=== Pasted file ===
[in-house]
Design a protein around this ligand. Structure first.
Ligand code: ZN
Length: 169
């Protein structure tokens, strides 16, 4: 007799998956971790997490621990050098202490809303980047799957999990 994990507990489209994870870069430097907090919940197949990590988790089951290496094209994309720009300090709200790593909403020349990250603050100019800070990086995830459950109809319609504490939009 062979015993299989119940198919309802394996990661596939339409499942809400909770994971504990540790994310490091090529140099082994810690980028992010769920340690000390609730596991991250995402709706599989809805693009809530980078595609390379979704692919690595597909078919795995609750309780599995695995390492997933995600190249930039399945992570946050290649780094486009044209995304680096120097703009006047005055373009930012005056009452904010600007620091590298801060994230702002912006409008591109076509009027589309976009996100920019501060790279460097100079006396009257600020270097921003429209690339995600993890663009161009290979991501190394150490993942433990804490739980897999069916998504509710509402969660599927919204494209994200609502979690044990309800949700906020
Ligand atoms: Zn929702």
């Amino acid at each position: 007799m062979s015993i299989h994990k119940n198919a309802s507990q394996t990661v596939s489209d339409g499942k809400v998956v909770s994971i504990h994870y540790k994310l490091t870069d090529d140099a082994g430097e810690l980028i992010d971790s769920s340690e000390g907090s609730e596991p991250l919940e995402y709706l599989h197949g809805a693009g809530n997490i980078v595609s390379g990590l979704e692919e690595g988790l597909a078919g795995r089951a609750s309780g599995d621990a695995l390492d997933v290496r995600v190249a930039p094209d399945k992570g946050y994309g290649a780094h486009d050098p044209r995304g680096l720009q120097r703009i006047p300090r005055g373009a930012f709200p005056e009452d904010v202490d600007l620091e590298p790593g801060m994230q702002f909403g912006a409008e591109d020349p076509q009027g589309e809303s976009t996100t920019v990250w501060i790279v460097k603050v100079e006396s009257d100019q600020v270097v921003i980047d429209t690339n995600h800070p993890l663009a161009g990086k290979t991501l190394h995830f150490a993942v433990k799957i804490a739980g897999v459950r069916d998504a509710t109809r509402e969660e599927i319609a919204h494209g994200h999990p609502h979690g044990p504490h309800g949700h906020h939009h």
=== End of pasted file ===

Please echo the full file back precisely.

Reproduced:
[in-house]
Design a protein around this ligand. Structure first.
Ligand code: ZN
Length: 169
């Protein structure tokens, strides 16, 4: 007799998956971790997490621990050098202490809303980047799957999990 994990507990489209994870870069430097907090919940197949990590988790089951290496094209994309720009300090709200790593909403020349990250603050100019800070990086995830459950109809319609504490939009 062979015993299989119940198919309802394996990661596939339409499942809400909770994971504990540790994310490091090529140099082994810690980028992010769920340690000390609730596991991250995402709706599989809805693009809530980078595609390379979704692919690595597909078919795995609750309780599995695995390492997933995600190249930039399945992570946050290649780094486009044209995304680096120097703009006047005055373009930012005056009452904010600007620091590298801060994230702002912006409008591109076509009027589309976009996100920019501060790279460097100079006396009257600020270097921003429209690339995600993890663009161009290979991501190394150490993942433990804490739980897999069916998504509710509402969660599927919204494209994200609502979690044990309800949700906020
Ligand atoms: Zn929702």
């Amino acid at each position: 007799m062979s015993i299989h994990k119940n198919a309802s507990q394996t990661v596939s489209d339409g499942k809400v998956v909770s994971i504990h994870y540790k994310l490091t870069d090529d140099a082994g430097e810690l980028i992010d971790s769920s340690e000390g907090s609730e596991p991250l919940e995402y709706l599989h197949g809805a693009g809530n997490i980078v595609s390379g990590l979704e692919e690595g988790l597909a078919g795995r089951a609750s309780g599995d621990a695995l390492d997933v290496r995600v190249a930039p094209d399945k992570g946050y994309g290649a780094h486009d050098p044209r995304g680096l720009q120097r703009i006047p300090r005055g373009a930012f709200p005056e009452d904010v202490d600007l620091e590298p790593g801060m994230q702002f909403g912006a409008e591109d020349p076509q009027g589309e809303s976009t996100t920019v990250w501060i790279v460097k603050v100079e006396s009257d100019q600020v270097v921003i980047d429209t690339n995600h800070p993890l663009a161009g990086k290979t991501l190394h995830f150490a993942v433990k799957i804490a739980g897999v459950r069916d998504a509710t109809r509402e969660e599927i319609a919204h494209g994200h999990p609502h979690g044990p504490h309800g949700h906020h939009h």